The phrase "stream of consciousness" to indicate the flow of inner experience was first used by William James in Principles of Psychology (1890) yet writers throughout the ages have described the altered states of consciousness which arise when this stream is diverted from its normal courses: from the visions and dreams described by mystics in the earliest religious texts, to the modern accounts written by neuroscientists. This chapter highlights the importance of literature for the study of consciousness and describes how the development of writing affected a shift in human experience second only to the development of language itself by extending our capacity to think beyond the here and now. It then goes on to explore how authors throughout the ages have explored altered states of consciousness in their personal lives and in their literary work with particular emphasis on religious experience, drug use, hypnosis and dissociative states.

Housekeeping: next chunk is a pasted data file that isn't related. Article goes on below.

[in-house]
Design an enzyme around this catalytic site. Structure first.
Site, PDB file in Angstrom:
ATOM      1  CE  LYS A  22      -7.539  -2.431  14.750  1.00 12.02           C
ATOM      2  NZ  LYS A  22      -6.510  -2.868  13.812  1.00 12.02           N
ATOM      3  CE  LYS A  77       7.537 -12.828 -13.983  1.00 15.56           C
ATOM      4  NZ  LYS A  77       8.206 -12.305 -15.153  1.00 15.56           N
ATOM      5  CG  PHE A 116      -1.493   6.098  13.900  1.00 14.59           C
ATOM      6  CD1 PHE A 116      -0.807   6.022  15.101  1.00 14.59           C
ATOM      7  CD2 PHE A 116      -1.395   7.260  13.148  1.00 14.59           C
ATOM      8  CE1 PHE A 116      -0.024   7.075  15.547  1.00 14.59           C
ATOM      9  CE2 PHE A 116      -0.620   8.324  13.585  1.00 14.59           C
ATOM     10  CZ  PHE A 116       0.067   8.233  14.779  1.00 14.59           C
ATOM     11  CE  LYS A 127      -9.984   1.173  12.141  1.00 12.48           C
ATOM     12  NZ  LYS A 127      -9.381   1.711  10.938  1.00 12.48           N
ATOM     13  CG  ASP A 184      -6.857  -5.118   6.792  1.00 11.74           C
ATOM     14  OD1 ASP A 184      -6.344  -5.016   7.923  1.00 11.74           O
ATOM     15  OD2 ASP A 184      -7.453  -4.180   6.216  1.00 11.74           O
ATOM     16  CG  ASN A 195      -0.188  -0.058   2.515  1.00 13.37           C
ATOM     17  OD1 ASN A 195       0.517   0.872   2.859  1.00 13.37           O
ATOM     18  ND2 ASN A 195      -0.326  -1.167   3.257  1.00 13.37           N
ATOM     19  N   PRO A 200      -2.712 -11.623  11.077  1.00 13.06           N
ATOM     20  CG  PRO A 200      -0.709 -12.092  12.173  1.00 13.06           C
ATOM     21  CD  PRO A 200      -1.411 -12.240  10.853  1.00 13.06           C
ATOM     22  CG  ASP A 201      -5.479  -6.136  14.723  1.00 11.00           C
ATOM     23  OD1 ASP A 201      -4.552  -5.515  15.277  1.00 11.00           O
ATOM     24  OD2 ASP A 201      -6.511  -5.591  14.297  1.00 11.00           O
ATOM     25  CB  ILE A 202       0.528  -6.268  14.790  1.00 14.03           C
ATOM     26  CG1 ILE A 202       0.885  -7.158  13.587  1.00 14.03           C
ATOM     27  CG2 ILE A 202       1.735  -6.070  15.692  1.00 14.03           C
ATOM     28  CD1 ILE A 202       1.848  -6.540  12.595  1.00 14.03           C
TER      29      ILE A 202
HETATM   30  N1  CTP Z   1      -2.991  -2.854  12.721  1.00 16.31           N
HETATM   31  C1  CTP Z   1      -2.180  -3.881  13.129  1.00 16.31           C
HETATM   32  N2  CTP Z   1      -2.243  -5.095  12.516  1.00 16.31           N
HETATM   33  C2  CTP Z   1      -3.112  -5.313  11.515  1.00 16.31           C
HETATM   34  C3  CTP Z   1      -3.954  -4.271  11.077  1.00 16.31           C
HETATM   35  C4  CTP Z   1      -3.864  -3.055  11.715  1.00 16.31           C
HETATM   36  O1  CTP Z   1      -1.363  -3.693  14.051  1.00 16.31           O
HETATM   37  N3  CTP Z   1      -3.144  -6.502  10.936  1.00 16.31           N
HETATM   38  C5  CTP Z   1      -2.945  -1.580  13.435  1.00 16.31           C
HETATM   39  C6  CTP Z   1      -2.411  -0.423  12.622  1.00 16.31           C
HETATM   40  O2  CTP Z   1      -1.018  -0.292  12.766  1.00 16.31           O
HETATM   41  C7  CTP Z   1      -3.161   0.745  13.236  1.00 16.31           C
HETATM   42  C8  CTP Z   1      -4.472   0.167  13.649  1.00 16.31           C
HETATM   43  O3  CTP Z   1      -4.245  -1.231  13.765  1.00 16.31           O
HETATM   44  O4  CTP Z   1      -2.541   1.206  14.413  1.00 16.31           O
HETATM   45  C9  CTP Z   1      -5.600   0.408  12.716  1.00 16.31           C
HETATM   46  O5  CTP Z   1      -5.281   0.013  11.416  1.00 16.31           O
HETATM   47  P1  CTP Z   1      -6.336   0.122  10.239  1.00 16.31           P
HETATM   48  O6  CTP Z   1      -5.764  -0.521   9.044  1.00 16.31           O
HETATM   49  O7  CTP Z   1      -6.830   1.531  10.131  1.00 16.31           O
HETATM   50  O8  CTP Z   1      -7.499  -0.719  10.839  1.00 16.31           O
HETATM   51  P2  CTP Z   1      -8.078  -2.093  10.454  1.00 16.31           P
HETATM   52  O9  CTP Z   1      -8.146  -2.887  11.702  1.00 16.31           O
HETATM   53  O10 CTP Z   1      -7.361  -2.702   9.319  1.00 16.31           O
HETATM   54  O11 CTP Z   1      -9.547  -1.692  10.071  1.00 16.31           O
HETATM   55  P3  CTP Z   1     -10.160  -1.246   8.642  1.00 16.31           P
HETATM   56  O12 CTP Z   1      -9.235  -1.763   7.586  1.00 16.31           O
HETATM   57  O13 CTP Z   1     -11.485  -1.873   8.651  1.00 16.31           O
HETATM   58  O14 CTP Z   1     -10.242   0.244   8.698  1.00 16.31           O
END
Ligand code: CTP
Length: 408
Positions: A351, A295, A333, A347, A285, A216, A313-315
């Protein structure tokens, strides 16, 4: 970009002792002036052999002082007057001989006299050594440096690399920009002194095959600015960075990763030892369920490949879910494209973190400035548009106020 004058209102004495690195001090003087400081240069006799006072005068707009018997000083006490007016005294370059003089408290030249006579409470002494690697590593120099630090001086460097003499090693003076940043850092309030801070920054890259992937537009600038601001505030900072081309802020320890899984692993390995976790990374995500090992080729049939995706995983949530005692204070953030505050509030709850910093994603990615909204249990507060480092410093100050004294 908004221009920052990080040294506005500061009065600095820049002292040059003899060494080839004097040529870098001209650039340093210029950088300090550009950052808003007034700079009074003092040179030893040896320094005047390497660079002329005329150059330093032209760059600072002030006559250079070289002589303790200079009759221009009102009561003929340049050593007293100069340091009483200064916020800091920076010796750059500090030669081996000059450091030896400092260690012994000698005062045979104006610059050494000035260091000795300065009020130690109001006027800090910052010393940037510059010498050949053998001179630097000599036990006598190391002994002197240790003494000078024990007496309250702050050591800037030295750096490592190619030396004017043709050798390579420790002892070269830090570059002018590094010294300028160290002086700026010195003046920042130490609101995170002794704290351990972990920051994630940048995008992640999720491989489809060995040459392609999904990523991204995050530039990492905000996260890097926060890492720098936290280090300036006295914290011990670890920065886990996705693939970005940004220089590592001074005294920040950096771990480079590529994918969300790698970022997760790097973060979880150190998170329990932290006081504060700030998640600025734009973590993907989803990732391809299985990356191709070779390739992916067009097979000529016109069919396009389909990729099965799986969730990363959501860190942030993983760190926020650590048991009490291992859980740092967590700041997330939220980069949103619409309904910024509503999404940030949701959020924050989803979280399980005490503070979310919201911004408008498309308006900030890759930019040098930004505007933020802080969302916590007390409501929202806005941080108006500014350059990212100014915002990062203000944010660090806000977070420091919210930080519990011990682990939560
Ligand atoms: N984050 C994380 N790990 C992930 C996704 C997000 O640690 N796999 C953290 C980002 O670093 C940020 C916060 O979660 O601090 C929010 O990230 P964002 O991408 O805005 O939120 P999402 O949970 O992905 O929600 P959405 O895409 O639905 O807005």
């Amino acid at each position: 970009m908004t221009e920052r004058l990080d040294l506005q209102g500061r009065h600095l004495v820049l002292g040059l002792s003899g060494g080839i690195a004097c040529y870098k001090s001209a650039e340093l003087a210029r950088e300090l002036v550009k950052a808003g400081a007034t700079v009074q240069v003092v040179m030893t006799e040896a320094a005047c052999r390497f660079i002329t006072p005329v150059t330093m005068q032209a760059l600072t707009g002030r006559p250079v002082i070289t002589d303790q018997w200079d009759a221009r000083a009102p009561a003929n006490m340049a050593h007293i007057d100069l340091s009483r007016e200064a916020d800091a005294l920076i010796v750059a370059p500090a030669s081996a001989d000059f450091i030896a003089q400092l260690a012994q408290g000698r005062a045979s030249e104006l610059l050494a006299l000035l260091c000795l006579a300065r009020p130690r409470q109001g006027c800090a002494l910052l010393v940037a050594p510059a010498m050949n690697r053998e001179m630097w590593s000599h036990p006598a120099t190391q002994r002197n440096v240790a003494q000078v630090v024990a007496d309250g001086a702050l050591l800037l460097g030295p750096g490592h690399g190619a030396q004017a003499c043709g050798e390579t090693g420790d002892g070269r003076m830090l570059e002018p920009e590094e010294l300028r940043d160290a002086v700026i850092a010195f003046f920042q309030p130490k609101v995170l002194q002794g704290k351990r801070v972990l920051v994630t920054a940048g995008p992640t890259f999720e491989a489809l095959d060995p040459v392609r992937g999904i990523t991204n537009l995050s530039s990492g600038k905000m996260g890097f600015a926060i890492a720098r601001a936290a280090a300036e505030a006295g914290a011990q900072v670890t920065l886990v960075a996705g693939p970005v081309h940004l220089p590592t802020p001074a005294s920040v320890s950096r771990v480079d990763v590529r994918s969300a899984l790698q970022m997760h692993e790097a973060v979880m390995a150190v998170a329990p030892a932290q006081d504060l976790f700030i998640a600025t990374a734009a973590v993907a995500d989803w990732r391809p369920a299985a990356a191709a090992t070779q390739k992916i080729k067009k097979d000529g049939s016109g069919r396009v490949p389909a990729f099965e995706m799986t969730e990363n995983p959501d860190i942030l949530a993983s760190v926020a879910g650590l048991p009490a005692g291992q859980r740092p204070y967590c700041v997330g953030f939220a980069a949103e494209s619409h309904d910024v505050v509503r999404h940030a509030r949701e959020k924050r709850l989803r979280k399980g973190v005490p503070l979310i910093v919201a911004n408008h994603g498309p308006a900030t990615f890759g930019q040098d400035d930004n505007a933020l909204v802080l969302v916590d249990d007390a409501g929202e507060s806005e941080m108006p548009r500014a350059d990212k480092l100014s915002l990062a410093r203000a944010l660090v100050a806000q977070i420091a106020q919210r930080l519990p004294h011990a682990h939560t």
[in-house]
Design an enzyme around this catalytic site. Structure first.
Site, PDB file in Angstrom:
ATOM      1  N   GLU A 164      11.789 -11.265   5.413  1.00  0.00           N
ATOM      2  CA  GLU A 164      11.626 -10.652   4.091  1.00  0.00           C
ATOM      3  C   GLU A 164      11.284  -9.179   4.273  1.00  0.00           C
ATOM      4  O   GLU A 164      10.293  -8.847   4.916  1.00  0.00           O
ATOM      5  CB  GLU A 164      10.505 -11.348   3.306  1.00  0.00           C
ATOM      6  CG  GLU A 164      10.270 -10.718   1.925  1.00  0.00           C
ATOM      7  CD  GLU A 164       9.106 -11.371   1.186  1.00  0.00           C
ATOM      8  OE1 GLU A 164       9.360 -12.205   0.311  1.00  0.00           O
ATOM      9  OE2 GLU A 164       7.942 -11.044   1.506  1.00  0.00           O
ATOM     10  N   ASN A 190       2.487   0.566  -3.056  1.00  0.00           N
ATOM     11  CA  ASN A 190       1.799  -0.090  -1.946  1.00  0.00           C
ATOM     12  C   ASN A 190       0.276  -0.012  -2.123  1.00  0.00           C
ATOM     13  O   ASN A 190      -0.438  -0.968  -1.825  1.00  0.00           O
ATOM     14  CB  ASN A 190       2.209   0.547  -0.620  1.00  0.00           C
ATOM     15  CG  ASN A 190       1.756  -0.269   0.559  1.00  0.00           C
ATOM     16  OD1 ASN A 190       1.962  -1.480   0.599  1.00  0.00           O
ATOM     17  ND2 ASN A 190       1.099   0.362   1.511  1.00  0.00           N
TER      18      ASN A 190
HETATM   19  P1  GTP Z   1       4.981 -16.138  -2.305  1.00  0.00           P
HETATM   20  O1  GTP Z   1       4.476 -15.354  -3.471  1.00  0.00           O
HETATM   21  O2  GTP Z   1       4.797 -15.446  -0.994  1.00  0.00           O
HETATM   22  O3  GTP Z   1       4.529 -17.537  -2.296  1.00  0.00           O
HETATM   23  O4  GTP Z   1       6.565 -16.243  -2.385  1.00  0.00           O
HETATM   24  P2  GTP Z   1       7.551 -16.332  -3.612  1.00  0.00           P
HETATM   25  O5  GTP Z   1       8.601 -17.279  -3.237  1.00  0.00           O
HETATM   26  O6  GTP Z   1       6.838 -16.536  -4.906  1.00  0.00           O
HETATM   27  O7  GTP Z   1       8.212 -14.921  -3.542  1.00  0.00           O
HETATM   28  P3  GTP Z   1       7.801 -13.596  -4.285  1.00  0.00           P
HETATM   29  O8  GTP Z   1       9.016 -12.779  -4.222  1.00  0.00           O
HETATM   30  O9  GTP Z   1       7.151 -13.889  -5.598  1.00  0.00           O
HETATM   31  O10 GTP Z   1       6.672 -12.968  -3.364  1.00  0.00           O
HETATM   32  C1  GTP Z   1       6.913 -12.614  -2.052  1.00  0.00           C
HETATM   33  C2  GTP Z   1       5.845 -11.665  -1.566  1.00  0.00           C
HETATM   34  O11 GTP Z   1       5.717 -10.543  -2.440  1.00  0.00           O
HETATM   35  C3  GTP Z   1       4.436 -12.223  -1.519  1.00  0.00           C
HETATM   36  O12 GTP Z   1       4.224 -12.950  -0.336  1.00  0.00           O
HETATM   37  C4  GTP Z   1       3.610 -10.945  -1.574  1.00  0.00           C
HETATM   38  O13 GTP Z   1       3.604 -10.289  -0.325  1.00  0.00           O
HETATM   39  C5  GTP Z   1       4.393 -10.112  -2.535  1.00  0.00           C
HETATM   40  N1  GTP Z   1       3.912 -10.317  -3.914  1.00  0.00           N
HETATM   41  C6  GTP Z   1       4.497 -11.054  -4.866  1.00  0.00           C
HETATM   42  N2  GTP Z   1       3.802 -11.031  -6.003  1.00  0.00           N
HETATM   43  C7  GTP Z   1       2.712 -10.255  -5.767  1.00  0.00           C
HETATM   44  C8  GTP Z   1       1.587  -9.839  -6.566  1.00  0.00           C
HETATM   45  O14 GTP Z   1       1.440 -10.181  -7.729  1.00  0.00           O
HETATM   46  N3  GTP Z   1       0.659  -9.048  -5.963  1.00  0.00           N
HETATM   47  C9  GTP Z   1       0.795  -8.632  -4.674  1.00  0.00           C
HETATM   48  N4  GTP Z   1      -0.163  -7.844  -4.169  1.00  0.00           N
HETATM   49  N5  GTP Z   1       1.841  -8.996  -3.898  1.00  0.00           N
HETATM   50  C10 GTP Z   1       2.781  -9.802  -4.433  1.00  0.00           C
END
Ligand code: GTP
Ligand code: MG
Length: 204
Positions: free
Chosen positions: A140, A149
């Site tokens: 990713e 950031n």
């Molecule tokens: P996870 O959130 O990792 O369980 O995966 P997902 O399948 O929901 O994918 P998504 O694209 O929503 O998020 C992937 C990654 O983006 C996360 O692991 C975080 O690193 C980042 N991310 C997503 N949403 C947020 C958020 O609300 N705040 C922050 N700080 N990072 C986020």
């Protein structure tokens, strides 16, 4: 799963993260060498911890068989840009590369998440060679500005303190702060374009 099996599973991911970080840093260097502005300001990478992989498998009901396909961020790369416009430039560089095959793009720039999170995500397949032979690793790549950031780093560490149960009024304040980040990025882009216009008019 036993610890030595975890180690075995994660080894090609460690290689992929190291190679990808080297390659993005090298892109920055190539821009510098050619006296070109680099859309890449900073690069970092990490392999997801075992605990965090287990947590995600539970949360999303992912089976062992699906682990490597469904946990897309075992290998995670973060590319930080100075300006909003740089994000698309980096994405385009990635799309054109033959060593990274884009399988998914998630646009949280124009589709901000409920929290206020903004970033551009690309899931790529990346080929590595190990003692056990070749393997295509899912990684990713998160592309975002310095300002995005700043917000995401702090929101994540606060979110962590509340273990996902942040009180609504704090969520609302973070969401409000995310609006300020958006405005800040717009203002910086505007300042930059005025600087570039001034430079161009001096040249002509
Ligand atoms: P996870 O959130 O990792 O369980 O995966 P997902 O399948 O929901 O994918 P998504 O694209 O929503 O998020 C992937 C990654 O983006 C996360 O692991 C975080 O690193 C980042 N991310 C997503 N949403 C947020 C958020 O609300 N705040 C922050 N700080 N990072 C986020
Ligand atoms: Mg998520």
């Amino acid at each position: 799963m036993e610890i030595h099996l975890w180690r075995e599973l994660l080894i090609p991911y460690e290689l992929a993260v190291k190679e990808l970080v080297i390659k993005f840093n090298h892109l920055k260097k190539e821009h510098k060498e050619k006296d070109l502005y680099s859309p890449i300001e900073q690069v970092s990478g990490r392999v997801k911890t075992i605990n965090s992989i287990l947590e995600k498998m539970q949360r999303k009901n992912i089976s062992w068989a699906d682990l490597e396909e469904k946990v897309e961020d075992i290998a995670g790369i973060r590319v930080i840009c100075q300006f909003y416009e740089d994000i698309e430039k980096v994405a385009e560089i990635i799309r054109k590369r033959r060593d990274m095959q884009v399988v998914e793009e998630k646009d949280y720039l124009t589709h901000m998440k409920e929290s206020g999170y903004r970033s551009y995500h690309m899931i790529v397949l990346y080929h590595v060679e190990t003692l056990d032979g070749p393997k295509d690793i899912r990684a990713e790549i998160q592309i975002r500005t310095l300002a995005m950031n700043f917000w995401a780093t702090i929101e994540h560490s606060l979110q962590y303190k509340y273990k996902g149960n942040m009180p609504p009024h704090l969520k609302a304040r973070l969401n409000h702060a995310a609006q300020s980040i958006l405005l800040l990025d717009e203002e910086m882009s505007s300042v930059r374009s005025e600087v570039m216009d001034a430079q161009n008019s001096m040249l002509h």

|Title of host publication||Altering Consciousness: Multidisciplinary Perspectives|
|Editors||Etzel Cardeña, Michael Winkelman|
|Publication status||Published (in print/issue) - 2011|
- Altered States of Consciousness